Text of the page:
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< Back to current issue of Immigration Daily < Back to current issue of Immigrant's Weekly

DOJ Announces Plan To Implement Entry-exit Registration System For Foreign Nationals From Certain Countries
by Parastou Hassouri

On June 5, 2002, the Department of Justice (“DOJ”) announced its plan to implement an “Entry-Exit Registration System,” that would enable the U.S. government to closely monitor the activities and whereabouts of foreign nationals holding non-immigrant visas.

The new system will require that individuals who, in the DOJ’s words, “potentially pose national security risks” to be fingerprinted and registered at all ports of entry. Subsequently, those individuals who remain in the United States beyond thirty days will be required to appear in person at an INS field office and register. At this point, they will be required to provide: (a) proof of tenancy at the Stated U.S. address; (b) proof of enrollment at educational institution (for students); and/or (c) proof of employment (for those who hold work visas). Thereafter, they will have to report to the field office at 12-month intervals until they depart the United States. The failure to register will result in that individual’s name being turned over to law enforcement. Additionally, the foreign national will be subject to a $1,000 fine, incarceration and possible removal from the United States. Individuals from designated countries subject to this special registration will also be told at the point of entry that they are required to inform the INS of any change of address within ten days of such a change. Individuals from the designated countries who are already present in the United States will be required to provide a current address to the INS and “furnish such additional information as the Attorney General may require.”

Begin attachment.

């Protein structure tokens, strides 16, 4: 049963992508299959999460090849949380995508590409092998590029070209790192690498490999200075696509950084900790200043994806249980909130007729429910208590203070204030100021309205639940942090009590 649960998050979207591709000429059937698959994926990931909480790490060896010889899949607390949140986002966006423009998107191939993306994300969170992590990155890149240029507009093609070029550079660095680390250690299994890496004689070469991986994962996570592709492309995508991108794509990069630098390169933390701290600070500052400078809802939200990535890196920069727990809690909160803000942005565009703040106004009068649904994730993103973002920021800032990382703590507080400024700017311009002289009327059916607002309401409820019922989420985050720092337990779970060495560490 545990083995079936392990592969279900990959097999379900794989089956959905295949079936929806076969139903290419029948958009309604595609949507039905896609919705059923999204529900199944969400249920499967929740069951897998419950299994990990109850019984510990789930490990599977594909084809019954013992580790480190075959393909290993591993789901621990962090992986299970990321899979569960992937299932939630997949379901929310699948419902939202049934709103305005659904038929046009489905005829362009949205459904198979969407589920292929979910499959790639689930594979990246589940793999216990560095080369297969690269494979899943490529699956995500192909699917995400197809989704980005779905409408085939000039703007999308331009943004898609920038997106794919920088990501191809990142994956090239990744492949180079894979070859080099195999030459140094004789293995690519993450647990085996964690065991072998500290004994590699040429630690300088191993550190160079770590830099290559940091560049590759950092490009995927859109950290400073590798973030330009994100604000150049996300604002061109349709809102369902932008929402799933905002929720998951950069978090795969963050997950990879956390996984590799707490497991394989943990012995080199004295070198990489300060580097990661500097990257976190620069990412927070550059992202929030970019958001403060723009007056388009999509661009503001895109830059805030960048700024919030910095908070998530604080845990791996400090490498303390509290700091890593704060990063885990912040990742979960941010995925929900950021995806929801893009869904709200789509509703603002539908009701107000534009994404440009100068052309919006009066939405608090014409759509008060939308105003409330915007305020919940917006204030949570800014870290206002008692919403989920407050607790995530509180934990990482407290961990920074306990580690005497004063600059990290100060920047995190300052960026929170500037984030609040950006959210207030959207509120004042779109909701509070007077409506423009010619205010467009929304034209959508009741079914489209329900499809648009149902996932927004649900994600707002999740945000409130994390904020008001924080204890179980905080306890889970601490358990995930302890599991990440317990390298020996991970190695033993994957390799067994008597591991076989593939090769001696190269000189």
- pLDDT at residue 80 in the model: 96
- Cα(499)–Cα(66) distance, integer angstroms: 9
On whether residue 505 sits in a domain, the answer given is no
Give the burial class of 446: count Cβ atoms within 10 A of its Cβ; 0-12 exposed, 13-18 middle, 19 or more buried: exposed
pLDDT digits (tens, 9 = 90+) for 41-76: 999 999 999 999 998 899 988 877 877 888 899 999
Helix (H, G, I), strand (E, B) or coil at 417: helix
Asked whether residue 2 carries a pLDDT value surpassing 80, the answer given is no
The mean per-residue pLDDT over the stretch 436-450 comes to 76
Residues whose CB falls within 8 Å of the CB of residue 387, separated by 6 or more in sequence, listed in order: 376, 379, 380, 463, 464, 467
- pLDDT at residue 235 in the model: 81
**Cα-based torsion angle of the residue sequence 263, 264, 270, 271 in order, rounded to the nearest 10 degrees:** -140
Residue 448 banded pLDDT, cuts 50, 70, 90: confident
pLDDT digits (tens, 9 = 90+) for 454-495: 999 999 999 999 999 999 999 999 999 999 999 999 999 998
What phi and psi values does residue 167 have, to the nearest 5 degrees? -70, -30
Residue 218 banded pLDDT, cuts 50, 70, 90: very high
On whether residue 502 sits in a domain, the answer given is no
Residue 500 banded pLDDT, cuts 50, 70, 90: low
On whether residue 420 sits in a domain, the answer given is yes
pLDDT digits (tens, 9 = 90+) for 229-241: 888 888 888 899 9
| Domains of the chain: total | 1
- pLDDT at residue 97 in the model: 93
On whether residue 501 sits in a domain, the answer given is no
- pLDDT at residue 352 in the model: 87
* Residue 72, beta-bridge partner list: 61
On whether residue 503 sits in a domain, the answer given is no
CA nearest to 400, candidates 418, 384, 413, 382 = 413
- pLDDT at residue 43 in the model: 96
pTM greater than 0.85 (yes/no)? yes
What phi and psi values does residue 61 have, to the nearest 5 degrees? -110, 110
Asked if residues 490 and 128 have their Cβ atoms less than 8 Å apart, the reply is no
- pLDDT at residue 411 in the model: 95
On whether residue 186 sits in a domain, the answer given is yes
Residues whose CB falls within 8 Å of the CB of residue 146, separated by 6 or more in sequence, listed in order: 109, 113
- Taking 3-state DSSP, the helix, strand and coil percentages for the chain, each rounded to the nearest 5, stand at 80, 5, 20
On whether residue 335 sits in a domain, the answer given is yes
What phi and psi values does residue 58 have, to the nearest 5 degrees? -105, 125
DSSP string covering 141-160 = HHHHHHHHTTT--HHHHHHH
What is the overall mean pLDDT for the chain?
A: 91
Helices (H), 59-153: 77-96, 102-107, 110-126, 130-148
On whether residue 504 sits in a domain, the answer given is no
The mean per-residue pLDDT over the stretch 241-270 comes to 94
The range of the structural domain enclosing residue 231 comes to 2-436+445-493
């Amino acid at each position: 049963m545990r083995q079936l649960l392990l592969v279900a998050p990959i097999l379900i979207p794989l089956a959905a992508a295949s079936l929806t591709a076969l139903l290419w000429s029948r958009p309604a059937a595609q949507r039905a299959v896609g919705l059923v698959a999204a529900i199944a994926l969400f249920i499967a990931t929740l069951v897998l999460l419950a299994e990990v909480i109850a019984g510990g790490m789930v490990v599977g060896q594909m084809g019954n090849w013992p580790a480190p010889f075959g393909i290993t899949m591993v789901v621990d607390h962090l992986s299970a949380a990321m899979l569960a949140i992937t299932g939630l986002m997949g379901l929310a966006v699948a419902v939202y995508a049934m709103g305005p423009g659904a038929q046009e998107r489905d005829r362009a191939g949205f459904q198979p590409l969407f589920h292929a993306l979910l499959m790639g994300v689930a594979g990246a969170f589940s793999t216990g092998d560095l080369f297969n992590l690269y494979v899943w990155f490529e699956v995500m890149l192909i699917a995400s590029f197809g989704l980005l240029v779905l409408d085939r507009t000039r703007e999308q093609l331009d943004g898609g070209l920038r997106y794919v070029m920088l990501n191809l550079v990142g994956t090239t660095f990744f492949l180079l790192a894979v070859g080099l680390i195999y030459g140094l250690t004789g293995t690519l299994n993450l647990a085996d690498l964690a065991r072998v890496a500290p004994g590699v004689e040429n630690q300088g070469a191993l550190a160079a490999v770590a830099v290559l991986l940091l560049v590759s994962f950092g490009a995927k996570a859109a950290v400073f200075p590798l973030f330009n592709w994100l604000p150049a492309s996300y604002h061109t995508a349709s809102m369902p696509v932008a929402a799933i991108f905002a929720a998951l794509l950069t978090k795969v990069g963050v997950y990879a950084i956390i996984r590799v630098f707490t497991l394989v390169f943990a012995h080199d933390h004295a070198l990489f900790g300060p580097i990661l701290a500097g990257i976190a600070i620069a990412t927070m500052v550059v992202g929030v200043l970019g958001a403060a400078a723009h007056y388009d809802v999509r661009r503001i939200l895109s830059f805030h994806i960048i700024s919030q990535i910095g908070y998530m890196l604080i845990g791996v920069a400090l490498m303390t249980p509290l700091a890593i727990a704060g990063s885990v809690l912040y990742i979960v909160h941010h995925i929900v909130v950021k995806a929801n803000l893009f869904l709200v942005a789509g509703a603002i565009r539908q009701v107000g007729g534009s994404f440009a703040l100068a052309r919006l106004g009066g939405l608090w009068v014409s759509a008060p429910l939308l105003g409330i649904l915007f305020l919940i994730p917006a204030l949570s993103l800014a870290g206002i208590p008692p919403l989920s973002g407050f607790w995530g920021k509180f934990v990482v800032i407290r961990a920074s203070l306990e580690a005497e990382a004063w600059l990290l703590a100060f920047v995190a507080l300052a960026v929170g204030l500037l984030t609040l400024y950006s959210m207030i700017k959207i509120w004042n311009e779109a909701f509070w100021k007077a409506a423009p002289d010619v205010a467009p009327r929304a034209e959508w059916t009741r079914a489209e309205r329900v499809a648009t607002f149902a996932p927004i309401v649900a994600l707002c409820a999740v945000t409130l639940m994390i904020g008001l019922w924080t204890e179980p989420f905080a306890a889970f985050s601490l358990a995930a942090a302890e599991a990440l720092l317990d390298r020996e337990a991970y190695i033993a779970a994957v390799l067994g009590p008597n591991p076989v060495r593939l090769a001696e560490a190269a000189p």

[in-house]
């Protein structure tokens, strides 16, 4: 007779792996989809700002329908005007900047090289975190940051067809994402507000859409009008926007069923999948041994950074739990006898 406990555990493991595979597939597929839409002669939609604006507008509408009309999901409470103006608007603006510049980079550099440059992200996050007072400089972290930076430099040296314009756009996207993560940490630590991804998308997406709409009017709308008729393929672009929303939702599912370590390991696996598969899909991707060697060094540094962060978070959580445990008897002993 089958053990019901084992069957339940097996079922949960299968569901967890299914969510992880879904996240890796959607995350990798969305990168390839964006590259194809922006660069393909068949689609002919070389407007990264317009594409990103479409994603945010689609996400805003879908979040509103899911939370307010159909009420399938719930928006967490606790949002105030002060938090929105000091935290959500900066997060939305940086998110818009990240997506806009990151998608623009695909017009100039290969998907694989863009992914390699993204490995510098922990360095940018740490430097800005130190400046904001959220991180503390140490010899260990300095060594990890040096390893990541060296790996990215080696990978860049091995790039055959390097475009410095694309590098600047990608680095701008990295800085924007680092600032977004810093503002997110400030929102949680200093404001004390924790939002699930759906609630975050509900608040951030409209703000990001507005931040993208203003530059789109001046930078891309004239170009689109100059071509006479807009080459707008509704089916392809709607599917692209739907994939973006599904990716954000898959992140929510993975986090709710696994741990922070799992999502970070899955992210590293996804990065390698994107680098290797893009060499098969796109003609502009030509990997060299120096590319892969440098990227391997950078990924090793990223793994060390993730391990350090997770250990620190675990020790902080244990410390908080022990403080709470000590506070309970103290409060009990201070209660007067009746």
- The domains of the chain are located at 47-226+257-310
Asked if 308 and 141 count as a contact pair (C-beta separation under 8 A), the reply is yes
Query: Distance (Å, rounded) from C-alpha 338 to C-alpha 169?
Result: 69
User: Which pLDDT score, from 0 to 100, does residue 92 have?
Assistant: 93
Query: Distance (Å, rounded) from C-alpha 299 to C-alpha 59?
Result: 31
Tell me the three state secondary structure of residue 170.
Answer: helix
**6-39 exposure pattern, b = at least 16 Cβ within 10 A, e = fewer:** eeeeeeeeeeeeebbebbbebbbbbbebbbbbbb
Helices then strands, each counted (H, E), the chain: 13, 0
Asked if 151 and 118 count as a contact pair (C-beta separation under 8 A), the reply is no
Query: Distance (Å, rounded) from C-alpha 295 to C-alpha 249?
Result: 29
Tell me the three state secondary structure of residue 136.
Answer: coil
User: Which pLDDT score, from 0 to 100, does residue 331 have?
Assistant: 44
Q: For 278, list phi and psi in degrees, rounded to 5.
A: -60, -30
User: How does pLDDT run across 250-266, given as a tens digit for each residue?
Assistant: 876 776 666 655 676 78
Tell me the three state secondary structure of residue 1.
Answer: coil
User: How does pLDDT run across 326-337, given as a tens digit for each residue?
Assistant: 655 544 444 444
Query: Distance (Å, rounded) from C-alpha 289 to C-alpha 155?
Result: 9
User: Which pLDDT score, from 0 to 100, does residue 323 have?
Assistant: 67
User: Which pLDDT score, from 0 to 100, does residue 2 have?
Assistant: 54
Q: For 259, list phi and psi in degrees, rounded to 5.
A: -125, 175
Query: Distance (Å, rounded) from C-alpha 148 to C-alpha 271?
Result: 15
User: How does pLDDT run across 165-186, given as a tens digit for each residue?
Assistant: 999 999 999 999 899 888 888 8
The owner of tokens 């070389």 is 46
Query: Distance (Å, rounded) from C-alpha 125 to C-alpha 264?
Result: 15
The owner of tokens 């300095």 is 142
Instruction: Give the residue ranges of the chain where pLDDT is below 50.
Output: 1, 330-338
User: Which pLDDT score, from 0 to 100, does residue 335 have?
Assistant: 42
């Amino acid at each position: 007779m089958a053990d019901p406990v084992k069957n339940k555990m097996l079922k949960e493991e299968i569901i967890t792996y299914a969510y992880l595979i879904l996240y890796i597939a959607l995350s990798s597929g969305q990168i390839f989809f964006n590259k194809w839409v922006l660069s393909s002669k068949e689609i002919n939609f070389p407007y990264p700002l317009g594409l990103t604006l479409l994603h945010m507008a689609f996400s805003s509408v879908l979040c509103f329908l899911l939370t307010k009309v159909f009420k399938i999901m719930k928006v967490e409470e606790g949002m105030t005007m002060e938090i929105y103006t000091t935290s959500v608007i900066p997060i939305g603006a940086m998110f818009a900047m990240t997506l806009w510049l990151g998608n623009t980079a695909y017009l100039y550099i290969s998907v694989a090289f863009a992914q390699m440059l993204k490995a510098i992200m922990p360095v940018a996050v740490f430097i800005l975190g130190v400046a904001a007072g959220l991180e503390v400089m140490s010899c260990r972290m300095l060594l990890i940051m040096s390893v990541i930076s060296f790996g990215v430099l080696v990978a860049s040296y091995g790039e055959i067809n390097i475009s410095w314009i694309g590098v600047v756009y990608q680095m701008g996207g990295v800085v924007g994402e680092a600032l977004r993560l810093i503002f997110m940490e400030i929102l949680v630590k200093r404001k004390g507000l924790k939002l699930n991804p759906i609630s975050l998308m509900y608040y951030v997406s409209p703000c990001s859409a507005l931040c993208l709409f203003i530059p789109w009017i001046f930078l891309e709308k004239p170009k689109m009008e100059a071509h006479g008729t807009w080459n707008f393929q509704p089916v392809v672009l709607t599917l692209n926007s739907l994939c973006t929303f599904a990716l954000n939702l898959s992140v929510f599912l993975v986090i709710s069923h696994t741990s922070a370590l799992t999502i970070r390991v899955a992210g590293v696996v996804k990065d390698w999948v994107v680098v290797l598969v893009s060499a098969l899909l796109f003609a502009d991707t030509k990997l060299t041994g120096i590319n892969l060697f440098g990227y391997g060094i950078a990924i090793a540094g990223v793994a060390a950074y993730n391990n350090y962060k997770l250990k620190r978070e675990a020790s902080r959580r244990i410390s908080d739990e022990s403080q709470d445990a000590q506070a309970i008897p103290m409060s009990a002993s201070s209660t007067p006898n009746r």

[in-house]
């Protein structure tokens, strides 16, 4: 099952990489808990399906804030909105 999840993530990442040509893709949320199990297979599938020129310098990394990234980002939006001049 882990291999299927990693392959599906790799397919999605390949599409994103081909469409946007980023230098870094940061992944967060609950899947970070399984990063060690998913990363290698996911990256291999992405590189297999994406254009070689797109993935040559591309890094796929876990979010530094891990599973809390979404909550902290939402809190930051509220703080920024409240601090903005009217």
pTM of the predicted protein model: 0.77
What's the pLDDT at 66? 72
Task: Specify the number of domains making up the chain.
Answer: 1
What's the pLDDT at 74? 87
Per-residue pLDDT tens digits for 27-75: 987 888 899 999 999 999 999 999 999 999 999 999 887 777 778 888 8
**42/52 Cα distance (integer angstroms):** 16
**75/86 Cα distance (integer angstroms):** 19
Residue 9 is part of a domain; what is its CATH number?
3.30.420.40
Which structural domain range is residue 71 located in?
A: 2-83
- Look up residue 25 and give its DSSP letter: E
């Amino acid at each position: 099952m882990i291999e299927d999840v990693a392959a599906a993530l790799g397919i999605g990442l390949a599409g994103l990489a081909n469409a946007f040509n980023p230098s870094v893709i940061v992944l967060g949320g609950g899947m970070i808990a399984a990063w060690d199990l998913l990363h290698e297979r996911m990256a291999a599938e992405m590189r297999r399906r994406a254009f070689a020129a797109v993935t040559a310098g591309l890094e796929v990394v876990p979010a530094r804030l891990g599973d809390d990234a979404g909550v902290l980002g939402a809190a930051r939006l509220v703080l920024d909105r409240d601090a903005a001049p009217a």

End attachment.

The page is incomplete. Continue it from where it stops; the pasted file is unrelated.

In addition, a “targeted category” of those individuals from the designated countries will be required to notify an INS agent of their departure from the U.S.A. at the exit ports. Such exit records are, according to the DOJ, necessary to identify and apprehend those who have overstayed their visas. The failure to report one’s exit would render that person ineligible to return to the United States.

The DOJ has presented two justifications for these new registration requirements. The first is that registration systems such as the one proposed exist in some European countries. The report then cites examples of registration systems from France, Germany, Great Britain, the Netherlands, Spain, and Switzerland. For instance, in France, foreigners must register within seven days. Those staying for an extended period must register with the local prefecture of the national police within one week of arriving in the country, every 12 months, and whenever they change addresses. The DOJ’s proposed initiative combines the European registration model with an entry-exit monitoring system.

In addition, the DOJ has explained that the authority of the Attorney General to register and monitor the entry and exit of foreign nationals already exists under the current law. The report cites section 262 of the Immigration and Nationality Act (“INA”), which states: “it shall be the duty of every alien now or hereafter in the United States, who is (1) fourteen years of age or older, (2) has not been registered and fingerprinted under section 221(b) of this Act of section 30 or 31 of the Alien Registration Act, 1940, and (3) remains in the United States for thirty days or longer, to apply for registration and to be fingerprinted before the expiration of such thirty days.” INA § 262(a). However, INA § 262(c) adds that the Attorney General may, in his discretion and on the basis of reciprocity pursuant to such regulations as he may prescribe, waive the requirement of fingerprinting specified in subsections (a) and (b) in the case of any non-immigrant.”

INA § 221(b), referred to above, states: “Each alien who applies for a visa shall be registered in connection with his application, and shall furnish copies of his photograph signed by him for such use as may be by regulations required. The requirements of this subsection may be waived in the discretion of the Secretary of State in the case of any alien who is within that class of nonimmigrants enumerated in sections 101(a)(15)(A) and 101(a)(15)(G) [pertaining to ambassadors, diplomats and employees of certain international organizations], or in the case of any alien who is granted a diplomatic visa on a diplomatic passport or on the equivalent thereof.”

INA § 263 grants the Attorney General the authority to prescribe special regulations and forms for the registration and fingerprinting of six other groups of foreign nationals, except those who have been admitted to the United States for permanent residence. They include crewmen, those under orders of removal, those confined in institutions, among others.